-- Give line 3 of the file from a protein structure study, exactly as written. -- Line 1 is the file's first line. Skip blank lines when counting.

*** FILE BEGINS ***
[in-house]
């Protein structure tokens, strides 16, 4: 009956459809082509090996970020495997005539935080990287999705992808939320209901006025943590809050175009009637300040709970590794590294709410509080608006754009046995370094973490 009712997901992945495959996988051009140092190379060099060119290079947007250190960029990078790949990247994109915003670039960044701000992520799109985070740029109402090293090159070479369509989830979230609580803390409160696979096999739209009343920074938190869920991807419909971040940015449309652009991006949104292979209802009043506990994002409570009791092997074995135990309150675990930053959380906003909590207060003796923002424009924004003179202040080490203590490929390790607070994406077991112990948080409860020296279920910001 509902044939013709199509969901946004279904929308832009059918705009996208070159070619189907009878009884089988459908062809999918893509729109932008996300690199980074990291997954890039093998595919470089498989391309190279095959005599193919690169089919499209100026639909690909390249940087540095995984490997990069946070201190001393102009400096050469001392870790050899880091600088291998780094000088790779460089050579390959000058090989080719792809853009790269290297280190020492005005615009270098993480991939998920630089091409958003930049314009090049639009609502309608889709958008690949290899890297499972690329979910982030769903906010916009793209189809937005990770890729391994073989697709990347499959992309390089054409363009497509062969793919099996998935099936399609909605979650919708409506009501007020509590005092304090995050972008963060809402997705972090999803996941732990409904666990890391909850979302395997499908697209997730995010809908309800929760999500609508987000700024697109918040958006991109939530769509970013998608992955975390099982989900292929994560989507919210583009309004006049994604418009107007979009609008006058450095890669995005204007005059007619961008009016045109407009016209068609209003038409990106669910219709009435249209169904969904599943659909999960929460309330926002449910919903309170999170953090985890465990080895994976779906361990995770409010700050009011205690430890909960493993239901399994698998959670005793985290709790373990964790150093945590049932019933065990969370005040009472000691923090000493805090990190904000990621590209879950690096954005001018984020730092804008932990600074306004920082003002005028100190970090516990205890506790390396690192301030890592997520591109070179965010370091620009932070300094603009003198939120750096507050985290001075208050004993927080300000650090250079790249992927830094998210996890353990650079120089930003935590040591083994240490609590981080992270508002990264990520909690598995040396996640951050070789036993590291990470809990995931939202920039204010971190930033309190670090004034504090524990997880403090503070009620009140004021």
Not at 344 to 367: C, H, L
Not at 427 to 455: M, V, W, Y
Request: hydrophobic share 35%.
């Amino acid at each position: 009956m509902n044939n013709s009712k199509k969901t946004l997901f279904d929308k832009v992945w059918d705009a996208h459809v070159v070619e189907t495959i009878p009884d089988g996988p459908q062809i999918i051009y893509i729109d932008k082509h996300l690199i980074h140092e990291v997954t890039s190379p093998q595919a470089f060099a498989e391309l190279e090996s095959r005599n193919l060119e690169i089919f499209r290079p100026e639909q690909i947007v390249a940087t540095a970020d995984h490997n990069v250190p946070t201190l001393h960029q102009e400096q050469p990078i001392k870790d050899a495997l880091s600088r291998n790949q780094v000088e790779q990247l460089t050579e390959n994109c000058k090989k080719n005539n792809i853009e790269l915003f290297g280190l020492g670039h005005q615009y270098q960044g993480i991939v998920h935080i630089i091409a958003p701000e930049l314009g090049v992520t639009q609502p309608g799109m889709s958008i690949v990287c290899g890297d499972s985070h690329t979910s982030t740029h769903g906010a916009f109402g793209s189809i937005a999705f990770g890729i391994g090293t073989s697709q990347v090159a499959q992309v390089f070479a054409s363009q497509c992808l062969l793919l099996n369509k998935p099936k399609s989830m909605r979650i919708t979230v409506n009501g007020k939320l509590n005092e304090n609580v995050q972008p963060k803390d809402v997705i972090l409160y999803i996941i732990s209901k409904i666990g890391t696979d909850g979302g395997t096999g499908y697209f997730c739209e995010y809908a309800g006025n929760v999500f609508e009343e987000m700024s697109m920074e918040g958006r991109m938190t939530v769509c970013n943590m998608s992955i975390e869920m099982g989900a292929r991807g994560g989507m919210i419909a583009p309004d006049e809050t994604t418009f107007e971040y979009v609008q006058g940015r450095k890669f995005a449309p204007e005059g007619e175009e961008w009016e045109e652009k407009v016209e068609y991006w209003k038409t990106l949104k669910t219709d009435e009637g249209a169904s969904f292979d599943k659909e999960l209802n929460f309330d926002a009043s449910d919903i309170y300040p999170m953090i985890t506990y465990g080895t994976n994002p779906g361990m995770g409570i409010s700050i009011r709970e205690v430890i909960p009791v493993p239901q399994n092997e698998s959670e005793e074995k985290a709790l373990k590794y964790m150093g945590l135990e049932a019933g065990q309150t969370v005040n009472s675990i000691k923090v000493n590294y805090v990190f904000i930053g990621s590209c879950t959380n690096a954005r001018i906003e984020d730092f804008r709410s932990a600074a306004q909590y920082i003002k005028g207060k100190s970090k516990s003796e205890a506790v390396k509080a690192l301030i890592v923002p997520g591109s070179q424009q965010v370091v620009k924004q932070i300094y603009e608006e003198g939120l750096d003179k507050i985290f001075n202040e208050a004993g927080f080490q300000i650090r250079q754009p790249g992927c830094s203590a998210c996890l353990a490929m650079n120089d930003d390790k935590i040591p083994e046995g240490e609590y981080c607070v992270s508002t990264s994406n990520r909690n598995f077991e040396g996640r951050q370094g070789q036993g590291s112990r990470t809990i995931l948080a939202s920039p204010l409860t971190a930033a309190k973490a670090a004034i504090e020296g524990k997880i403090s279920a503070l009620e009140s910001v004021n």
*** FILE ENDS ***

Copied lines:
Not at 344 to 367: C, H, L